The nation’s first voluntary rating system for sustainable landscapes, called SITES, has selected 175 pilot projects to test its green-landscape design, construction and maintenance program. The goal is to apply “The Sustainable Sites Initiative: Guidelines and Performance Benchmarks 2009” to real projects to see whether the four-star rating system needs tweaking. Feedback from the pilots will be used to revise the SITES’ final rating system and inform the technical reference manual, scheduled for release in 2013.
The fledgling SITES, under development since 2005, is modeled after the U.S. Green Building Council’s Leadership in Energy and Environmental Design (LEED) green-building rating system. SITES covers all types of landscapes, with and without buildings.
The two-year pilot program, which ends in June 2012, involves a wide variety of project types, sizes and geographic locations. Participation costs range from $500 to $5,000, depending on the project budget. Every pilot project has the opportunity to be Pilot Certified by the end of the program.
SITES has a four-star rating system based on 250 points. A project gets one star if it achieves 100 points, two stars for 125 points, three stars for 150 points and four stars for 200 points. The rating system covers areas such as initial site selection, water, soil, vegetation, materials, human health and well-being, construction and maintenance. Information on the SITES project can be found at www.sustainablesites.org.
“We’re currently exploring mechanisms, including fees, etc., for certifying projects once the final rating system and reference guide are completed,” says Jim Lapides, a spokesman for the American Society of Landscape Architects, Washington, D.C. ASLA is one of the program’s leaders; the other two are the Lady Bird Johnson Wildflower Center at the University of Texas at Austin and the United States Botanic Garden, located in Washington, D.C.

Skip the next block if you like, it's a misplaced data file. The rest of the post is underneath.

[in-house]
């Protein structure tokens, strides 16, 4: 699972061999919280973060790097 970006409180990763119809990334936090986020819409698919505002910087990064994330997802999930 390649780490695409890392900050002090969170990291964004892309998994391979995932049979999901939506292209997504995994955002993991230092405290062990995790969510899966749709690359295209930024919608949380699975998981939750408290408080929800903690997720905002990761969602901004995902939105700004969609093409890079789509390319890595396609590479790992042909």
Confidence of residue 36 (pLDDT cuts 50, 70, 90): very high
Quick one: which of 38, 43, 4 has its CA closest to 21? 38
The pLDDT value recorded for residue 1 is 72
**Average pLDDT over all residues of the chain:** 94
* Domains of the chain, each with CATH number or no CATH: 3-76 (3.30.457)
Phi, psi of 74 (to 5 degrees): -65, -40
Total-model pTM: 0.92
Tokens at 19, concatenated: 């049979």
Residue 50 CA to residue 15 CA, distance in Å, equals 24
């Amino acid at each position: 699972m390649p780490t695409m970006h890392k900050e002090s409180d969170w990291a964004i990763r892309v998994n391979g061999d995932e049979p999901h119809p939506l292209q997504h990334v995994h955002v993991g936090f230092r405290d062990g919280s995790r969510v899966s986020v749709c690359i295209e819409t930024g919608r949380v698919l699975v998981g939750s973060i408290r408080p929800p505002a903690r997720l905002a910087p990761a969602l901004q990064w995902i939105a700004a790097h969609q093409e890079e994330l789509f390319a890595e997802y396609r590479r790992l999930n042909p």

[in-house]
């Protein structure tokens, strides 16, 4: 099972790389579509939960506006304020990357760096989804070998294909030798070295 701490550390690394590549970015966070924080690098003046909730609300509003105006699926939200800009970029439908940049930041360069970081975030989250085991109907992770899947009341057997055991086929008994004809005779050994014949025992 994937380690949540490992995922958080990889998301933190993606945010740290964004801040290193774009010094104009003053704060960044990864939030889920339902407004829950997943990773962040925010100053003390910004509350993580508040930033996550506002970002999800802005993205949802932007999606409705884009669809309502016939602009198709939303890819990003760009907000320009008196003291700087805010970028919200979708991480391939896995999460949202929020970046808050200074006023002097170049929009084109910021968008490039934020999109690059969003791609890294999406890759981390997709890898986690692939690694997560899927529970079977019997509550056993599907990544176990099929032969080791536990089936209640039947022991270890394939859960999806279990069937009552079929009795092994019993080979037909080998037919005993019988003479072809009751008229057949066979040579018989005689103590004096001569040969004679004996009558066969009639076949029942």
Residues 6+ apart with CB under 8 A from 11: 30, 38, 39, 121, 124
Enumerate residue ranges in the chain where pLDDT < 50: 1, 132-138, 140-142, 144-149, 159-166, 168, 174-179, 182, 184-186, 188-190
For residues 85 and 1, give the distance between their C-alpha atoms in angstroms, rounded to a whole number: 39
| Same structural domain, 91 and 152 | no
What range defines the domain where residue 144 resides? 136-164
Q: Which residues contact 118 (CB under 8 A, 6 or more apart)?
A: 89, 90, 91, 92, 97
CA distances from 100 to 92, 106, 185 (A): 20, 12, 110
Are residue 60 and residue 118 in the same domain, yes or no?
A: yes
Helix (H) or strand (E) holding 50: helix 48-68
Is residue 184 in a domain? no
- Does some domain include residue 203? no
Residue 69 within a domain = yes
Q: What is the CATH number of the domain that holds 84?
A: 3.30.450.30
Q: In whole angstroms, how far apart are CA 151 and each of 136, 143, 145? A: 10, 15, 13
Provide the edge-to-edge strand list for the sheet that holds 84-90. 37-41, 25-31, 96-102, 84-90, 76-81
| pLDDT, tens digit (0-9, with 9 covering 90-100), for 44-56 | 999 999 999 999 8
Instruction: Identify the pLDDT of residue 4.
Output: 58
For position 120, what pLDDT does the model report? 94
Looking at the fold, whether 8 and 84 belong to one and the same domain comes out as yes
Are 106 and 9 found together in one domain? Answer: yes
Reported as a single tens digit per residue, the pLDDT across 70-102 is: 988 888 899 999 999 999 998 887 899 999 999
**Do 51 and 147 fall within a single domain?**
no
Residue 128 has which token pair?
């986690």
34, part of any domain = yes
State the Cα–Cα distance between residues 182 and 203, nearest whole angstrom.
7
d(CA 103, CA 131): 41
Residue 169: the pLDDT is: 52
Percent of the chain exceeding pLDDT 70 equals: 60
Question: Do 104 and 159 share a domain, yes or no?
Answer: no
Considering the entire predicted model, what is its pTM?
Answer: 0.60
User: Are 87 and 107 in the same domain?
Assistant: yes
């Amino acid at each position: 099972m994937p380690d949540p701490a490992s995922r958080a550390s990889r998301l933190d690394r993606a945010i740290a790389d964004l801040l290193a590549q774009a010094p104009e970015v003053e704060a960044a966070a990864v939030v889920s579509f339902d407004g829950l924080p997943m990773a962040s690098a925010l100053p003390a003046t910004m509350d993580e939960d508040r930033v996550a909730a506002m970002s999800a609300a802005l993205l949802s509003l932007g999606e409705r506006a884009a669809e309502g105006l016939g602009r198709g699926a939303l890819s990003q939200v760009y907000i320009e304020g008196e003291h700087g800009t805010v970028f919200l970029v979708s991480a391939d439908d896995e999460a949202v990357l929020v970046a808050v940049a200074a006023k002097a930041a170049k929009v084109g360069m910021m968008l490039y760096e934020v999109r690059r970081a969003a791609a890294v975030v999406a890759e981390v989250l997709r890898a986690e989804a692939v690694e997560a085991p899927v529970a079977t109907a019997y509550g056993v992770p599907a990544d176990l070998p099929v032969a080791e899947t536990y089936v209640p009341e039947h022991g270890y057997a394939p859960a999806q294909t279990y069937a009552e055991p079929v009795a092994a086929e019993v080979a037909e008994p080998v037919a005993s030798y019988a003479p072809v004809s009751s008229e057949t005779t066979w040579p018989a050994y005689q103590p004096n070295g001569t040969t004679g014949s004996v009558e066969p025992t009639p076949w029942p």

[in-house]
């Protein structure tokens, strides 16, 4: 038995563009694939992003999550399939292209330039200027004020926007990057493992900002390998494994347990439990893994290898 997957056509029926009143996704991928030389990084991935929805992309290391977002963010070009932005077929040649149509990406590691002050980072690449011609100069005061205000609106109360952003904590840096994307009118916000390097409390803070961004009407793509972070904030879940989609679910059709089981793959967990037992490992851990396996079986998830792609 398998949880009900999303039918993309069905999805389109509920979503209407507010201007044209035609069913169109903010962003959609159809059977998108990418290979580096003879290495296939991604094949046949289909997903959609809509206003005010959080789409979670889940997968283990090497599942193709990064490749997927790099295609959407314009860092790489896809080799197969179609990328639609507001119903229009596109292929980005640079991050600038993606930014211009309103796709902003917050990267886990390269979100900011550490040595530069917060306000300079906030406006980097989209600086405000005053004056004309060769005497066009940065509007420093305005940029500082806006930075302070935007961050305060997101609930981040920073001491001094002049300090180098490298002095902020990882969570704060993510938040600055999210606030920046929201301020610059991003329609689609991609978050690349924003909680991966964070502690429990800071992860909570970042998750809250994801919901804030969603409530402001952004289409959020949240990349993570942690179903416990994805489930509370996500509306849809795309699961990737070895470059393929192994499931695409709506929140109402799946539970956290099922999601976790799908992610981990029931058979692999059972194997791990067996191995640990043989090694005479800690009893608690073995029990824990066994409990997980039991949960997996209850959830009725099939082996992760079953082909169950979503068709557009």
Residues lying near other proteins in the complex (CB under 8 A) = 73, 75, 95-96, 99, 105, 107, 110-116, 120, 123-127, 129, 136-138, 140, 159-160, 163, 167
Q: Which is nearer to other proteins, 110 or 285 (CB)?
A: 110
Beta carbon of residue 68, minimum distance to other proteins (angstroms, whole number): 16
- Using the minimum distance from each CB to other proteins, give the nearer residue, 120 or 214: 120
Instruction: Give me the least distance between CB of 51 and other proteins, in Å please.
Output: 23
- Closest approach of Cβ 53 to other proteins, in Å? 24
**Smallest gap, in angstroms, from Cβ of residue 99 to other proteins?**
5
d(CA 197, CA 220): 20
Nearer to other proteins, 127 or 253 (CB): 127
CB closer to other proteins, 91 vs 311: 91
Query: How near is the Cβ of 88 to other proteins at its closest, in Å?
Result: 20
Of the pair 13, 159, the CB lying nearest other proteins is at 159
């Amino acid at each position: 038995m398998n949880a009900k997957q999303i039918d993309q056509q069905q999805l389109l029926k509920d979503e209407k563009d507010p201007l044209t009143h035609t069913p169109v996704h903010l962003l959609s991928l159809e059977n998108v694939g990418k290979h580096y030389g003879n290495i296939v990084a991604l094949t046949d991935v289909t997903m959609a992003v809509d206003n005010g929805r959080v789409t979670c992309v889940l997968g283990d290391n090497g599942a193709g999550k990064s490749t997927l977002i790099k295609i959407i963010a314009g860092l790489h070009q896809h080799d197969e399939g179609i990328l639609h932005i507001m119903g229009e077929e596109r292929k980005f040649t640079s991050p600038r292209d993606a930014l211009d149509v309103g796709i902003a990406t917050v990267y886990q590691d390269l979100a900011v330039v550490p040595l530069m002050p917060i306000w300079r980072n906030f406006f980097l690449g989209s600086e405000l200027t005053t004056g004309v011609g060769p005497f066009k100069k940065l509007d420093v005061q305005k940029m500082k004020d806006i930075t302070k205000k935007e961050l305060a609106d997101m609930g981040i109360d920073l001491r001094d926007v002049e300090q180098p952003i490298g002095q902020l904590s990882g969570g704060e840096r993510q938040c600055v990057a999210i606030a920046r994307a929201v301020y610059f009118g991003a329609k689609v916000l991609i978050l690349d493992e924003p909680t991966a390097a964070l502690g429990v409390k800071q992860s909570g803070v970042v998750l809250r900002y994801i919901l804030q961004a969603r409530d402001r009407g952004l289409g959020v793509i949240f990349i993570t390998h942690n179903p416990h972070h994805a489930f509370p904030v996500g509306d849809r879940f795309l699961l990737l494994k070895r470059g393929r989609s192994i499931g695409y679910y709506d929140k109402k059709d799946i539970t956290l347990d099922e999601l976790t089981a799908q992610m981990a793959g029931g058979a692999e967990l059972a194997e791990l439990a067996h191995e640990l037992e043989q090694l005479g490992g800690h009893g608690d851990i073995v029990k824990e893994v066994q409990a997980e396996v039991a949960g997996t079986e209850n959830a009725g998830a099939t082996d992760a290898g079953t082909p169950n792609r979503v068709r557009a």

SITES invited 215 of 345 initial applicants to participate in the pilot program. “We have 175 registered pilot projects but expect some attrition,” says Lapides. The final number of projects could be closer to 150.
One pilot, called the Birmingham Intermodal Facility, is a commercial project in McCalla, Ala., that involves construction of an intermodal facility for trucks and rail. Moss Rock Place in Boulder, Colo., is a residential retrofit. Watson Park Remediation Phase I Improvements in San Jose, Calif., is an existing 35-acre city park with site-remediation needs.
Of those selected, 8% are in the pre-design phase, 32% are in the site design phase, 17% are designed but not yet constructed, 26% are under construction, and 17% are completed.
Of the pilots, 25% are park projects, and 20% involve institutional or educational projects. Commercial, residential, transportation corridor, gardens, government complexes, mixed-use and industrial projects also are represented.
Projects range from less than one acre to greater than 500 acres. There are pilots in 34 states as well as in Canada, Iceland and Spain. The projects involved include about 65% grayfields, 20% greenfields and 15% brownfields.
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